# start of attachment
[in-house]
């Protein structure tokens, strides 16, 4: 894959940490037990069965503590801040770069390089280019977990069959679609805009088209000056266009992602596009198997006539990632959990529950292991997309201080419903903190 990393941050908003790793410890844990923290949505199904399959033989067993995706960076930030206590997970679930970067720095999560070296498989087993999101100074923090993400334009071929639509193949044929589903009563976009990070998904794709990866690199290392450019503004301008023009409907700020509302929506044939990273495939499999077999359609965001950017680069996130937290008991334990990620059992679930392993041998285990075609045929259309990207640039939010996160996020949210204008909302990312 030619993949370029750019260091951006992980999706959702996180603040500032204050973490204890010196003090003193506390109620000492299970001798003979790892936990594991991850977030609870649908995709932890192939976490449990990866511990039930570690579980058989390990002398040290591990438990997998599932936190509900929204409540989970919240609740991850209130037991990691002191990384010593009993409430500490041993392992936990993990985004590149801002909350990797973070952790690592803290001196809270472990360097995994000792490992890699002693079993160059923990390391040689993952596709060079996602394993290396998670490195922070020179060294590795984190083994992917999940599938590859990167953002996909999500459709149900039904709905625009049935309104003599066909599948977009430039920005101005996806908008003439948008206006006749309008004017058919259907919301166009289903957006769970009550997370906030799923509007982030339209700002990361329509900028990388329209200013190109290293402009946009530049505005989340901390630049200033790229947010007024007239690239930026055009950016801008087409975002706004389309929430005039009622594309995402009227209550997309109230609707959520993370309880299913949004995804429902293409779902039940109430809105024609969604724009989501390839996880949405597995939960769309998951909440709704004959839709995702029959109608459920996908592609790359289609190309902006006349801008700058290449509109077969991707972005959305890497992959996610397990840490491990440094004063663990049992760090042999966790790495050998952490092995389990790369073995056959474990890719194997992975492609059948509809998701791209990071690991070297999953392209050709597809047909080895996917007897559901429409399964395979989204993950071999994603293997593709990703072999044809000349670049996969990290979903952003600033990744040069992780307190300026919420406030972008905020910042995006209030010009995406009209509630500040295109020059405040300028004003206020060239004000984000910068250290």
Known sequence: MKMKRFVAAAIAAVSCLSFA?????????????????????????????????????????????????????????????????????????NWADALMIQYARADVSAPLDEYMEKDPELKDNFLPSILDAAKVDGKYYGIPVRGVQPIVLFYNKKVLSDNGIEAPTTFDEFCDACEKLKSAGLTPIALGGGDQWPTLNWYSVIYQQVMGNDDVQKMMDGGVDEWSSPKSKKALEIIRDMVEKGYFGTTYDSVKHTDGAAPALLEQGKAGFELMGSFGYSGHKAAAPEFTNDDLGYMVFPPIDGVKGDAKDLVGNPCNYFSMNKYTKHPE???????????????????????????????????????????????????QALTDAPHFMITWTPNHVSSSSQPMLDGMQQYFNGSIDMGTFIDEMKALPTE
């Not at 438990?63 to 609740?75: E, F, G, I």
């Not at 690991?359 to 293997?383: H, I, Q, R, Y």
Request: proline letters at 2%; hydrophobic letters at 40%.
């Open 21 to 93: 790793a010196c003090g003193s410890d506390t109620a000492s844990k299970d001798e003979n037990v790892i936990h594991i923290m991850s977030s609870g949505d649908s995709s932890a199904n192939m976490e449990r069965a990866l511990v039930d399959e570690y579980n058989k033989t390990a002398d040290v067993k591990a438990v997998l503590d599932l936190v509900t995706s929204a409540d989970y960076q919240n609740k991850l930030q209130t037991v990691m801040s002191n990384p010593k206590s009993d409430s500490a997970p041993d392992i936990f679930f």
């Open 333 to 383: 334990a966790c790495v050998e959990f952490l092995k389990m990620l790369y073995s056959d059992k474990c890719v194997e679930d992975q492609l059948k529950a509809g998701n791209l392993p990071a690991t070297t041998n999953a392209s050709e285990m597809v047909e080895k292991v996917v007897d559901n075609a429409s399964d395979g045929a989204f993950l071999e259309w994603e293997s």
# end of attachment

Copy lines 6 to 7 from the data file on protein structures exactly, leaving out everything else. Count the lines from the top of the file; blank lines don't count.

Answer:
Request: proline letters at 2%; hydrophobic letters at 40%.
């Open 21 to 93: 790793a010196c003090g003193s410890d506390t109620a000492s844990k299970d001798e003979n037990v790892i936990h594991i923290m991850s977030s609870g949505d649908s995709s932890a199904n192939m976490e449990r069965a990866l511990v039930d399959e570690y579980n058989k033989t390990a002398d040290v067993k591990a438990v997998l503590d599932l936190v509900t995706s929204a409540d989970y960076q919240n609740k991850l930030q209130t037991v990691m801040s002191n990384p010593k206590s009993d409430s500490a997970p041993d392992i936990f679930f």